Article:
Not many Filipinos are familiar with French cars, what with the market being saturated with Japanese, German, American and Korean brands plus a few Italian (Ferrari, Maserati, Lamborghini), British (Jaguar, Land Rover, MINI Cooper, Bentley, Rolls Royce) and Scandinavian (Volvo) units here and there. So when Peugeot, France’s largest auto maker, entered the Philippine market, it was expected to come up with a car that would truly impress everyone as only a made-in-France product could.
This not to say that French cars are unimpressive compared to German and Italian cars when it comes to motor sports. The Red Bull car that three-time Formula One world champion Sebastian Vettel drives is powered by the most successful engine in the current era, the Renault. Peugeot racing cars have been winning Grand Prix in Europe since the early 1900s, dominated or won the World Rally Championship and Paris-Dakar Rally since the 1960s, scored victories at the 500 Miles of Indianapolis and the Pikes Peak race in Colorado, United States, and the 24 Hours at Le Mans endurance race since 1966.
IMPRESSIVE. So when Peugeot releases a sports coupe on the global market as it did with the RCZ in 2010, the automotive world sits up and takes notice. Among the four models introduced by Eurobrands Distributor Inc. (EDI), the exclusive importer of Peugeot in the Philippines, the RCZ sports coupe seems to be the one most likely to impress the general public as well as car enthusiasts. The 2013 second-generation RCZ is the only gasoline-fed car among the four initial offerings of EDI. With its arching roof rails, double-bubble roof, sensuous curves, flowing contours, low ride height, low center of gravity, wide track and 19-inch alloy wheels, the RCZ is so uniquely sleek and slinky that it turns heads wherever it goes. In fact, the RCZ looks like the French version of the sexy Audi TT.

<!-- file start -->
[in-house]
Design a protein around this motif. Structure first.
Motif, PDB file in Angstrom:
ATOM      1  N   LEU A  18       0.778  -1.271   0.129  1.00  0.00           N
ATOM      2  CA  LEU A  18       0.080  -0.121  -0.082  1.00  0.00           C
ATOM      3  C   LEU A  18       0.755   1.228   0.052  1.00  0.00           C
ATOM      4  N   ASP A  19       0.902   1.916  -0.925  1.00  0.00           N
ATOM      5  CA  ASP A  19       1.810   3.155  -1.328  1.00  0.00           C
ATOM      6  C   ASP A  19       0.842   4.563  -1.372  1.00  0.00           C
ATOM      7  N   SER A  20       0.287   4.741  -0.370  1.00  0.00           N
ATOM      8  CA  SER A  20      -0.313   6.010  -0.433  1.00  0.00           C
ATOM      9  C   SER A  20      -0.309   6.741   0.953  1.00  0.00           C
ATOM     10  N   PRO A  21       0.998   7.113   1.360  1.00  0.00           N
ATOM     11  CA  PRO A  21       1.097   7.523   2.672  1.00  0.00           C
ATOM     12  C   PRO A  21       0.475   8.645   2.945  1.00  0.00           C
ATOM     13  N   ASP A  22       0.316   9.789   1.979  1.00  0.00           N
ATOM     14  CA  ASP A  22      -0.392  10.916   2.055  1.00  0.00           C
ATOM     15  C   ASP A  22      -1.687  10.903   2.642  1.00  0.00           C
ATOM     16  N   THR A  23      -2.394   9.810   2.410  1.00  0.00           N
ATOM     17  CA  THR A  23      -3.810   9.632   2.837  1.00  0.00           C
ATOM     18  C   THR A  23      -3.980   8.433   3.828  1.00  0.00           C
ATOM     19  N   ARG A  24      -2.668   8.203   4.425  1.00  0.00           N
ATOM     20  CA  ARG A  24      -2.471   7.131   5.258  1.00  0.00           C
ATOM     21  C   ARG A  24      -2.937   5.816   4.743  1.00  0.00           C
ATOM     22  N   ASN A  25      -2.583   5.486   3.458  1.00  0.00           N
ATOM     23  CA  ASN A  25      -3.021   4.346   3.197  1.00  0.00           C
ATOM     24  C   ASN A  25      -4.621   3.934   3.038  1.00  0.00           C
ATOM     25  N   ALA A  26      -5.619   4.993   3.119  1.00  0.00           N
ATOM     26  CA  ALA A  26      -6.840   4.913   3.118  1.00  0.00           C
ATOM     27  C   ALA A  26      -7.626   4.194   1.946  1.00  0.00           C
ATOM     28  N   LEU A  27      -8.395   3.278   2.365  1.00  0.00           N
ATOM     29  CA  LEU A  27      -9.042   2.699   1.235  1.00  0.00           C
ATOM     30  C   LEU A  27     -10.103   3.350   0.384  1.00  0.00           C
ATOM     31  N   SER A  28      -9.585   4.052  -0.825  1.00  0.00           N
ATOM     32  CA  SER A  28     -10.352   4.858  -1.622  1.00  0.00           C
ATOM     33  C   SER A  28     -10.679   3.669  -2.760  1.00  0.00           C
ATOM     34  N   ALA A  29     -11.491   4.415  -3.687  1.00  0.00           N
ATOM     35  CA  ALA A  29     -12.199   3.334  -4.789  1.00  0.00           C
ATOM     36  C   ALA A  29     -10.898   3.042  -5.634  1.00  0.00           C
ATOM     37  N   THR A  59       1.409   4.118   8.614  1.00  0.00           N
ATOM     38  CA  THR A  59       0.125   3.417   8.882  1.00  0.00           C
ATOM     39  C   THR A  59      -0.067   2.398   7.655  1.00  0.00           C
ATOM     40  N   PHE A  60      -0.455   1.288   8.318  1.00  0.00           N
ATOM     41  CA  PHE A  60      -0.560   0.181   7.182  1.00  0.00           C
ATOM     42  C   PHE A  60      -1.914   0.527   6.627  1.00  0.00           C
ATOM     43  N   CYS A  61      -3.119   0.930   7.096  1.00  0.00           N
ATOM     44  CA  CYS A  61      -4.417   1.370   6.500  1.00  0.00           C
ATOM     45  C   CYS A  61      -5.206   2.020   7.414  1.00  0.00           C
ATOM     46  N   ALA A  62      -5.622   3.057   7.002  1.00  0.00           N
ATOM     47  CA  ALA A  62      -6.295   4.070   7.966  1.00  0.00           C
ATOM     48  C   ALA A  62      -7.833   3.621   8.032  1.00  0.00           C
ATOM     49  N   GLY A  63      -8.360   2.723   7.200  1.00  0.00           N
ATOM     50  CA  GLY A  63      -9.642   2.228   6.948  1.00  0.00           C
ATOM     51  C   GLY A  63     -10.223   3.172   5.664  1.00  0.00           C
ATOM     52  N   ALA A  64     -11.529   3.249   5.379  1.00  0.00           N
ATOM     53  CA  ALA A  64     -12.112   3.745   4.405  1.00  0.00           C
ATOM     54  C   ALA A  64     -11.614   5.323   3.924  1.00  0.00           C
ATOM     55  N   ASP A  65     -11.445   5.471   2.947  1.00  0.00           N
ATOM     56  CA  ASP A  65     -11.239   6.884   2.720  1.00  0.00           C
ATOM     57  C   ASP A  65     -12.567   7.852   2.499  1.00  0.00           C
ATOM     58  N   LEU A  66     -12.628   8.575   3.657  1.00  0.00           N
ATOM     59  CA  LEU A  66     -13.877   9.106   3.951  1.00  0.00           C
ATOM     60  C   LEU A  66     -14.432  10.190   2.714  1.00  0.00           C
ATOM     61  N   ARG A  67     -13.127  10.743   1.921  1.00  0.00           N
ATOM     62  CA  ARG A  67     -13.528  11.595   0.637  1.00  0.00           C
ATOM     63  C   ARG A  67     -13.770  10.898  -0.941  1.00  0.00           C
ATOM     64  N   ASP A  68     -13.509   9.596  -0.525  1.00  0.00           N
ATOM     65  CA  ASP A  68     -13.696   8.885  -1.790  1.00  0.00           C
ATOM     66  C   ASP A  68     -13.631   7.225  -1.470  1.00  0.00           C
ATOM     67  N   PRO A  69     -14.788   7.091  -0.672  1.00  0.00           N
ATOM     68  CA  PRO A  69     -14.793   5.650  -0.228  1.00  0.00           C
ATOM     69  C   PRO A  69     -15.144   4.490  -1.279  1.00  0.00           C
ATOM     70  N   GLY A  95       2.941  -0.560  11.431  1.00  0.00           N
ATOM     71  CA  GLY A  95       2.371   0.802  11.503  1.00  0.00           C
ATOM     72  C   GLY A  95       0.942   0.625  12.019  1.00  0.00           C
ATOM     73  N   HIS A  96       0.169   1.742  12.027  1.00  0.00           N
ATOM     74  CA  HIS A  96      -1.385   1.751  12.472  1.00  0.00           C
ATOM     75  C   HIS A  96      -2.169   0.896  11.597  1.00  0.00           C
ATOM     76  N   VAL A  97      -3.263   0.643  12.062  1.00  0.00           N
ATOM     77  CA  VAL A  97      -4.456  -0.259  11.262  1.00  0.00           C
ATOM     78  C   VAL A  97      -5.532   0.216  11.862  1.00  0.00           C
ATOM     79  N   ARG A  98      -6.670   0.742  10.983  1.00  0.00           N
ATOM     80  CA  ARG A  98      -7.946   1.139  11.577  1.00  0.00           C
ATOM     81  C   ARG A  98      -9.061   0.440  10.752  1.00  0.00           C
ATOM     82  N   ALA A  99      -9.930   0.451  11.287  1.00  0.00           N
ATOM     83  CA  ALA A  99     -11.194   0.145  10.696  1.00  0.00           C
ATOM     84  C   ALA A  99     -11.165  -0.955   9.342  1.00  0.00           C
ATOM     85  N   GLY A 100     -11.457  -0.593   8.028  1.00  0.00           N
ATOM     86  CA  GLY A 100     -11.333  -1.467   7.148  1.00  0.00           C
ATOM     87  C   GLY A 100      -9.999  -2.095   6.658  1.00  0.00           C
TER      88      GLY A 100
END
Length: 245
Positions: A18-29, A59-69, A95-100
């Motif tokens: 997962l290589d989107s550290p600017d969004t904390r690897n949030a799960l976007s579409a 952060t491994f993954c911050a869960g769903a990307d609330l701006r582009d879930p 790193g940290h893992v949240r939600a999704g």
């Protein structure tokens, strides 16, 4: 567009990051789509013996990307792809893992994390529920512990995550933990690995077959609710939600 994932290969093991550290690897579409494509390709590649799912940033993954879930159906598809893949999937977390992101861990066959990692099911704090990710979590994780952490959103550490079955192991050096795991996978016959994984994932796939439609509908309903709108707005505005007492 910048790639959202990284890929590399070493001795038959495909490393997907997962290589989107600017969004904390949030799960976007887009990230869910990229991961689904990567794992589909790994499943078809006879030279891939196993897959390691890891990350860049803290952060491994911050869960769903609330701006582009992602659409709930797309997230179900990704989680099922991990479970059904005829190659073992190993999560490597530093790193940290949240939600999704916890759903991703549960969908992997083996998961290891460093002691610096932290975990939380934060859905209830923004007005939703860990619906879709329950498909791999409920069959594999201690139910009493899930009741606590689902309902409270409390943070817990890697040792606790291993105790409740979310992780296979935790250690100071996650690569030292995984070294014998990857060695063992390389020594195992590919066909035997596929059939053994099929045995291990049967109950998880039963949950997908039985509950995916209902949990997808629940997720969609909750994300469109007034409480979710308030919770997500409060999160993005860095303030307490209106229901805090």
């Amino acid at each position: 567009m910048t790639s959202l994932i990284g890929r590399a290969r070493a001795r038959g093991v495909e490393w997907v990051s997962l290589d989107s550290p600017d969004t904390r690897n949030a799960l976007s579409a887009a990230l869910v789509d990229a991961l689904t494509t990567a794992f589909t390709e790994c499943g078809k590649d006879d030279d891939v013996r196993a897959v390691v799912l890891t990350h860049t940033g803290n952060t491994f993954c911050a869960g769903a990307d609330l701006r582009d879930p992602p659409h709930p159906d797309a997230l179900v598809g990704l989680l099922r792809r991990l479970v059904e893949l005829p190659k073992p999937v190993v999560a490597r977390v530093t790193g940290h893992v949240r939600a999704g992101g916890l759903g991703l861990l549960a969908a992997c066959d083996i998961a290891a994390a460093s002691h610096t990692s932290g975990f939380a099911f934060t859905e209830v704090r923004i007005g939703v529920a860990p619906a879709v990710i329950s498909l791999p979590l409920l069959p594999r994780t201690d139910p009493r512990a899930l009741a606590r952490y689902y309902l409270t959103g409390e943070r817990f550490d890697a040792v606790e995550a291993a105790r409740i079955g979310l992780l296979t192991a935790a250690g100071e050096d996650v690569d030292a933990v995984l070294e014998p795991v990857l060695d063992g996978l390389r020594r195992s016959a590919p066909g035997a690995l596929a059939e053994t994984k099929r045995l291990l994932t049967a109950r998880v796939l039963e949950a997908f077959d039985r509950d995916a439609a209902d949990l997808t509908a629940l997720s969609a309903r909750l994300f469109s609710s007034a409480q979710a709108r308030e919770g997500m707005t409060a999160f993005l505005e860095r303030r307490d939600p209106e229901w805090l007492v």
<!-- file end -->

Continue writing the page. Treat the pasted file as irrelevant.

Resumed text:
The interior of the front-wheel-drive RCZ is just as classy as its exterior. The light, airy cabin has an elegant, clean look and feel with soft-touch and high-end materials, double-stitched leather, chrome trim on the gear shift lever, an easy-to-read instrument cluster, an infotainment display above the analog clock and sporty metal pedals. Visibility is good going forward and the bucket seats up front are well-upholstered, supportive and comfortable. The height-adjustable, telescopic leather steering wheel, however, has no gearshift paddles or audio controls. And the +2 rear seats offer limited space and an awkwardly angled backrest. With the rear seats folded, cargo space increases from 384 to 760 liters. Storage compartments under the floor offer an additional 30 liters of space.
BASE MODEL. On the other hand, the RCZ marketed by EDI is the base 1.6-liter, DOHC, 4-in-line, 16-valve, Variable Valve Timing gasoline Turbo High Pressure (THP) “156” model whose peak production of 156 bhp/5,800 rpm and 177 lb-ft (239.71 Nm)/1,400 rpm max torque is just enough to pull the car’s curb weight of 3,067 pounds. The direct fuel injection, twin scroll turbo engine, mated to a six-speed automatic transmission, requires 8.4 seconds to hit 100 kilometers per hour from standstill and its top speed is 213 kph. The one bright spot is its fuel efficiency: logging 13.55 km per liter in combined highway and city driving.
Car buffs may wonder why EDI did not bring in instead the RCZ 1.6 THP GT 200 that delivers 197 bhp and 203 lb-ft (274.92 Nm) max torque, has a sportier suspension, thicker antiroll bar, short-ratio six-speed manual gearbox and bigger front disc brakes. Could it be that EDI is merely whetting our appetite for the GT 200 variant? Or maybe even the 260 bhp RCZ-R that will be the most powerful Peugeot production car ever made?
SUSPENSION. Although the RCZ I test-drove did not exactly fulfill my need for speed, I found the steering to be responsive and the firm suspension well-controlled through corners. The suspension consists of MacPherson type with drop link antiroll bar up front and a multiarm connected by a crossmember and antiroll bar at the rear. The creature comforts provided by the RCZ are immensely pleasing and reassuring: driver/passenger electronic memory controlled seats, automatic dual zone air-conditioning, a six-speaker JBL HiFi audio system. You feel safe driving the RCZ because it has as standard equipment six airbags, an electronic stability program, ABS with DSC and ASR, rear parking sensor, four-wheel disc brakes, tire deflation indicator, rain-sensing front wiper blades, front LED daytime running lights. automatic fog lamps with halogen bulbs, power folding side mirrors, speed limiter and regulator, and immobilizer with theft protection.
Bottom line, the P2.75-million Peugeot 1.6 RCZ THP 156 may be more style than substance and for some, better to look at than fun to drive, but didn’t the poet John Keats once write that a thing of beauty is a joy forever? Aside from being gorgeous, the RCZ celebrates the journey rather than getting there faster than anyone else—and that is a welcome change.
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